“I figured to get motivated to heal,” said the North Augusta resident.
He had been overseas for training with his company, MTU Diesel, when he was “jumped.”
Wickenheiser spent two weeks in ICU recovering, but shortly after he arrived home he began training for the event.
For two months, he has been swimming at Lake Thurmond, running along the Greeneway and biking on a hilly bike path near his home.
At Saturday’s Ironman Expo at the Augusta Convention Center, he lay on a table at the Elite Health Solutions booth while Dr. Josh Mason applied the Active Release Technique to his calf muscle to soothe a sore knee.
“What this does is releases fascial adhesions within the soft tissues that can restore normal motion, and can remove restrictions around nerves. It can improve their motions and their efficiency and their ability to move,” Mason said.
Hundreds of people poured into the convention center to complete their registration for today’s event, and to pick up their registration packets. They and their support groups then shopped vendors selling everything from protein bars to compression socks to shadow boxes.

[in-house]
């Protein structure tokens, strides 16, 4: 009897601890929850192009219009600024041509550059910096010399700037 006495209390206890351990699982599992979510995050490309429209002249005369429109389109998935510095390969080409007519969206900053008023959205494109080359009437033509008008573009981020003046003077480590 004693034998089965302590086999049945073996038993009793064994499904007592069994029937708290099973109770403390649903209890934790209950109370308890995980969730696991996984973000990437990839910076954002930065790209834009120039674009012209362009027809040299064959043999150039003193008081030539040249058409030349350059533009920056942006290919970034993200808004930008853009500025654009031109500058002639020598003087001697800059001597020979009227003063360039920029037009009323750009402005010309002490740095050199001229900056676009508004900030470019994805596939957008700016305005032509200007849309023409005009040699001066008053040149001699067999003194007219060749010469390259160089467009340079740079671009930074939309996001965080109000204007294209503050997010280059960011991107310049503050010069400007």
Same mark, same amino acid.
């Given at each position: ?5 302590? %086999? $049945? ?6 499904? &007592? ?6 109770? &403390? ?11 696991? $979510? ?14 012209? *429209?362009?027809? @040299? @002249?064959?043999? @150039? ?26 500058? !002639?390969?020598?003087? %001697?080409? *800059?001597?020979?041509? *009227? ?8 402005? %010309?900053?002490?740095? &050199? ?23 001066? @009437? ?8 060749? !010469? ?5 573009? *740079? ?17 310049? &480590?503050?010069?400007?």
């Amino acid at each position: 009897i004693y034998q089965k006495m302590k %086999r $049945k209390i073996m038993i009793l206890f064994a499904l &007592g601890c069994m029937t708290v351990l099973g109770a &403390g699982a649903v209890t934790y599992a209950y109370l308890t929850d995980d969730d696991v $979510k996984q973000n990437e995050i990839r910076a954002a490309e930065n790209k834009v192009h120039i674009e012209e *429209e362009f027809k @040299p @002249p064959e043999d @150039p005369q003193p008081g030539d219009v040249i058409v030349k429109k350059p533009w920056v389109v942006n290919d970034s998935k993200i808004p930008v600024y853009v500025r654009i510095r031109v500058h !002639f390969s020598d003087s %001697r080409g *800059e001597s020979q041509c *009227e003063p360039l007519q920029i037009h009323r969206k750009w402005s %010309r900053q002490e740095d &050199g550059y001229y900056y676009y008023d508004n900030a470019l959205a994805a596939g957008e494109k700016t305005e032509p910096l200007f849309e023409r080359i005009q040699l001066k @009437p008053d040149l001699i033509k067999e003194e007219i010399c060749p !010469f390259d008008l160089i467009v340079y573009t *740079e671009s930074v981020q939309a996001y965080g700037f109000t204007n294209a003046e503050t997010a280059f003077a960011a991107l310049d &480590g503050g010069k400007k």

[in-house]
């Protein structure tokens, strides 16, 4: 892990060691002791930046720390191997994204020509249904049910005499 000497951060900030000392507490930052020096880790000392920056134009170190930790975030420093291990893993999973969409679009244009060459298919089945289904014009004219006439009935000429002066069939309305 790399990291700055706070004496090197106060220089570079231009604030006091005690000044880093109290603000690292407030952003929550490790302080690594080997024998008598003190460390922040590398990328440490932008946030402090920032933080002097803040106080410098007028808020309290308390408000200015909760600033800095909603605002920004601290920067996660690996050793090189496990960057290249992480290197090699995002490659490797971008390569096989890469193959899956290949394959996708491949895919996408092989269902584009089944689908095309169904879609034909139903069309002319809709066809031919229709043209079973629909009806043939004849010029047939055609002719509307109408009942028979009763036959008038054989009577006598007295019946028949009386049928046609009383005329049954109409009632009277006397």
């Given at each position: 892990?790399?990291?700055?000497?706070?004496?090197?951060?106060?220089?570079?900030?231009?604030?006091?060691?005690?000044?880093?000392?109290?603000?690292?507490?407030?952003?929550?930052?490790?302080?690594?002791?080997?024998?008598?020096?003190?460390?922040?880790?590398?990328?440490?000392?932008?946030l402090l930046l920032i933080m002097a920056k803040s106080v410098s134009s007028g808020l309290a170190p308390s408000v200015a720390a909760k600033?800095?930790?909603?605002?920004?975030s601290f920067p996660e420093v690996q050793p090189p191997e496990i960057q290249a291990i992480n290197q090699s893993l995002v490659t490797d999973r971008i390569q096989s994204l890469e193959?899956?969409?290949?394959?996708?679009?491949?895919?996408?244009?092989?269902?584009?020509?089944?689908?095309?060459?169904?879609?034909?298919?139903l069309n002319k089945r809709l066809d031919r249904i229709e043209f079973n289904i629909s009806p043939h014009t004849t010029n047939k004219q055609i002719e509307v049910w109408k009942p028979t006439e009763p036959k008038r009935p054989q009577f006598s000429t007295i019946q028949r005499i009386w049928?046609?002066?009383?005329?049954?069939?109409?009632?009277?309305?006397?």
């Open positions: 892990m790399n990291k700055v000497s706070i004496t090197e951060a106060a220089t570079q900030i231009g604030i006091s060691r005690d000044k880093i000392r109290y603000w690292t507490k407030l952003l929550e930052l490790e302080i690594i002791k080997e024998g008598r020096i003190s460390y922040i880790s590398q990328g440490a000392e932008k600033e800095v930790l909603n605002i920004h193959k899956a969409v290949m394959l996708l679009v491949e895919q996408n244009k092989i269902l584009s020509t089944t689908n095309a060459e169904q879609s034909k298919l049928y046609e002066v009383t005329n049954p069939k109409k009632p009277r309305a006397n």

At noon, competitors gathered for a briefing about the race.
While her husband, Alvaro Velez, took their son Sebastian, 1, to the meeting, Laura Velez entertained the couple’s other son, 4-year-old Andy, in a less crowded section of the expo.
Alvaro Velez competed in the event two years ago, but the heat slowed him down near the end of the running portion, Laura Velez said.
“We’re going to have really nice weather this year, which is nice,” she said.
Laura Velez said she isn’t sure whether downtown Augusta is just nicer than she remembered, or whether it has improved, but she enjoyed seeing artwork along Broad Street.
She said she is looking forward to cheering her husband on from the sidelines as he runs through downtown today.
“It’s a very important event, and not everyone is capable of doing something like this, so I feel very proud of him being able to do it and do it well,” she said.